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Playing with Virtuality

Theories and Methods of Computer Game Studies

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Edited By Benjamin Bigl and Sebastian Stoppe

Computer games have fascinated millions of users for more than 30 years. Today, they constitute the strongest sector in the media-entertainment industry and are part of the experience of digital daily life. Computer Game Studies require a deep understanding of functional and communicational mechanisms of games that support the player’s immersion in virtual worlds. Unfortunately, the discussion and the academic research about usage and effects of computer games mostly takes place isolated within different scientific contexts with various theoretical and methodological approaches. Therefore, this anthology combines the perspectives of Media Studies, Game Studies, and Communication Studies, and presents their findings in an interdisciplinary approach.

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CHAPTER 4: GAMES AND IDENTITY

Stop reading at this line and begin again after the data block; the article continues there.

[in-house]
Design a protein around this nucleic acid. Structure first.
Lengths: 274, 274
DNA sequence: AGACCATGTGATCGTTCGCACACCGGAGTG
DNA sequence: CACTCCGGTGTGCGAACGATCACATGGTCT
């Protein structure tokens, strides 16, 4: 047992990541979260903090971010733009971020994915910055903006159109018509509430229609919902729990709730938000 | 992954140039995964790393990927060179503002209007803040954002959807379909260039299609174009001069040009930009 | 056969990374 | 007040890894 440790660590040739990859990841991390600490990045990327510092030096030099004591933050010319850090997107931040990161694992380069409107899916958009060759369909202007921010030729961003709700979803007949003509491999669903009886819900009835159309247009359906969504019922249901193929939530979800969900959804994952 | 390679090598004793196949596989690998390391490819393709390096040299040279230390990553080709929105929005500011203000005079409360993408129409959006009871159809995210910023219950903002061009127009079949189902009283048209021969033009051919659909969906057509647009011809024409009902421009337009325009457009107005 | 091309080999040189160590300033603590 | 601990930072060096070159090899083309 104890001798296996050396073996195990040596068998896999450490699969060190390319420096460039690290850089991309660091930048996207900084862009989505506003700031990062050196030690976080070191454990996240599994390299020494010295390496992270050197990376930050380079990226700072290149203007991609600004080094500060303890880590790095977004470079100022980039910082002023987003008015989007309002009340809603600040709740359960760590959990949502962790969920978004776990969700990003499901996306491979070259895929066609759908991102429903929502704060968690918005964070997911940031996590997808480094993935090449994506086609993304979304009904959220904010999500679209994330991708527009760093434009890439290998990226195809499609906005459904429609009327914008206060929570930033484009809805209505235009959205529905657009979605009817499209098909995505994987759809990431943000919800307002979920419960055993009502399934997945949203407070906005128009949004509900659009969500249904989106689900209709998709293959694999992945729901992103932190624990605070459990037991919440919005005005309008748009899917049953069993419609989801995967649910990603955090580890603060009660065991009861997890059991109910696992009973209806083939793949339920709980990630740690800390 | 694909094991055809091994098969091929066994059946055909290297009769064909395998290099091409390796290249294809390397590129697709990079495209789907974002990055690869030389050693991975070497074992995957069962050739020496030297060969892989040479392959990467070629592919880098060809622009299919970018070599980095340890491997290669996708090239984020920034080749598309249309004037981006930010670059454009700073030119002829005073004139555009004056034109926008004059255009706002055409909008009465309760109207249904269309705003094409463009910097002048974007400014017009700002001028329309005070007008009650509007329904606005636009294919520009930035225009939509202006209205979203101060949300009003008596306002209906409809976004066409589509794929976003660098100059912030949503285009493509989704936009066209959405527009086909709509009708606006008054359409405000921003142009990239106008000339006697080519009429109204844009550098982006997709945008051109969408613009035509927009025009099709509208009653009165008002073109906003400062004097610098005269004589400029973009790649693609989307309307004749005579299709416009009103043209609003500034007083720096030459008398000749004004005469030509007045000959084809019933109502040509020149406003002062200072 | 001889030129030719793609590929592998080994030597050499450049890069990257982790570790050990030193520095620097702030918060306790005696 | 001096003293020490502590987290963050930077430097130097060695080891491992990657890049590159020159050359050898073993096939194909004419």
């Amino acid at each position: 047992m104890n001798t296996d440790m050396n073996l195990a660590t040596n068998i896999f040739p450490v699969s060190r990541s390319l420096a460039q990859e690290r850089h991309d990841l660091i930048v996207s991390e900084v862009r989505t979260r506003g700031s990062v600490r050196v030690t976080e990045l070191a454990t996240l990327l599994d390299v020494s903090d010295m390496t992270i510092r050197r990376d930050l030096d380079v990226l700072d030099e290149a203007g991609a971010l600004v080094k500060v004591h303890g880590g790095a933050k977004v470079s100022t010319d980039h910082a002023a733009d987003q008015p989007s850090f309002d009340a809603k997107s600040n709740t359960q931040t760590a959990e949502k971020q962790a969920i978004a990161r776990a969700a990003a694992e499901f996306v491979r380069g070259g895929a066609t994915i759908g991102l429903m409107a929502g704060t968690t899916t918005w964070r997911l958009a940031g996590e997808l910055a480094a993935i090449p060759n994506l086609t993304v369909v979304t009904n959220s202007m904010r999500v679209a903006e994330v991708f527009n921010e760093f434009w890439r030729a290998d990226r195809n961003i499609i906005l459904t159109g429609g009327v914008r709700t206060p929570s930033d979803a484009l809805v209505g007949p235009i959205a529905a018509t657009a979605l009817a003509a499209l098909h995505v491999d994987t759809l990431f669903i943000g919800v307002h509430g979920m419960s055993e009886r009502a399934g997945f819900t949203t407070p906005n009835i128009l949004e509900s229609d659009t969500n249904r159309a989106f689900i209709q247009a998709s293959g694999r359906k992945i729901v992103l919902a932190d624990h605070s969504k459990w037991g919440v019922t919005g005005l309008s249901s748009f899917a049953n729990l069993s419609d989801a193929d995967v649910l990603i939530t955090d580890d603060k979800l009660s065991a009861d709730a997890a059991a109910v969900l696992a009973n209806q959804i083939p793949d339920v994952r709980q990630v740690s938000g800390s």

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254 254 255 PASCALINE LORENTZ Video-ludological socialization Introduction Video gamers are now hugely represented amongst individuals (ISFE, 2010; ESA, 2011; Brand, 2012) and their number is still growing (Juul, 2010) depending on the generational effect (Crawford, 2011; Brand, 2012). According to social concerns, research on video gaming has to face with the questioning of the utility of this activity. In many books, ar- ticles, conferences, we can read, hear, notice that gaming is helping the socialization process, that games are socializing tools and that this is the very reason why video games could be “good” for individuals (Green- field, 1994; Taylor, 2002). But what is that socialization? What does this specific socialization contribute to the overall understanding of the evo- lution of individuals in our societies? In one word: What is video- ludological socialization? The concept of socialization is widely used by many disciplines such as Sociology, Social Psychology, Communication Science, Media Studies, Game Studies and Educational Studies, etc. Socialization, which is the social process that makes a subject become a social being (Süss, 2006), is a key concept for understanding society and its functioning. That is why we scrutinize video-ludological socialization in this chapter. In order to cast light on benefits of this specific socialization, no game is better than one simulating life which is also very popular: The Sims. For our doctoral research we overlooked the practices of teenagers gam- ing and how they utilize the gameplay to experiment social behaviors. In this chapter, we propose to...

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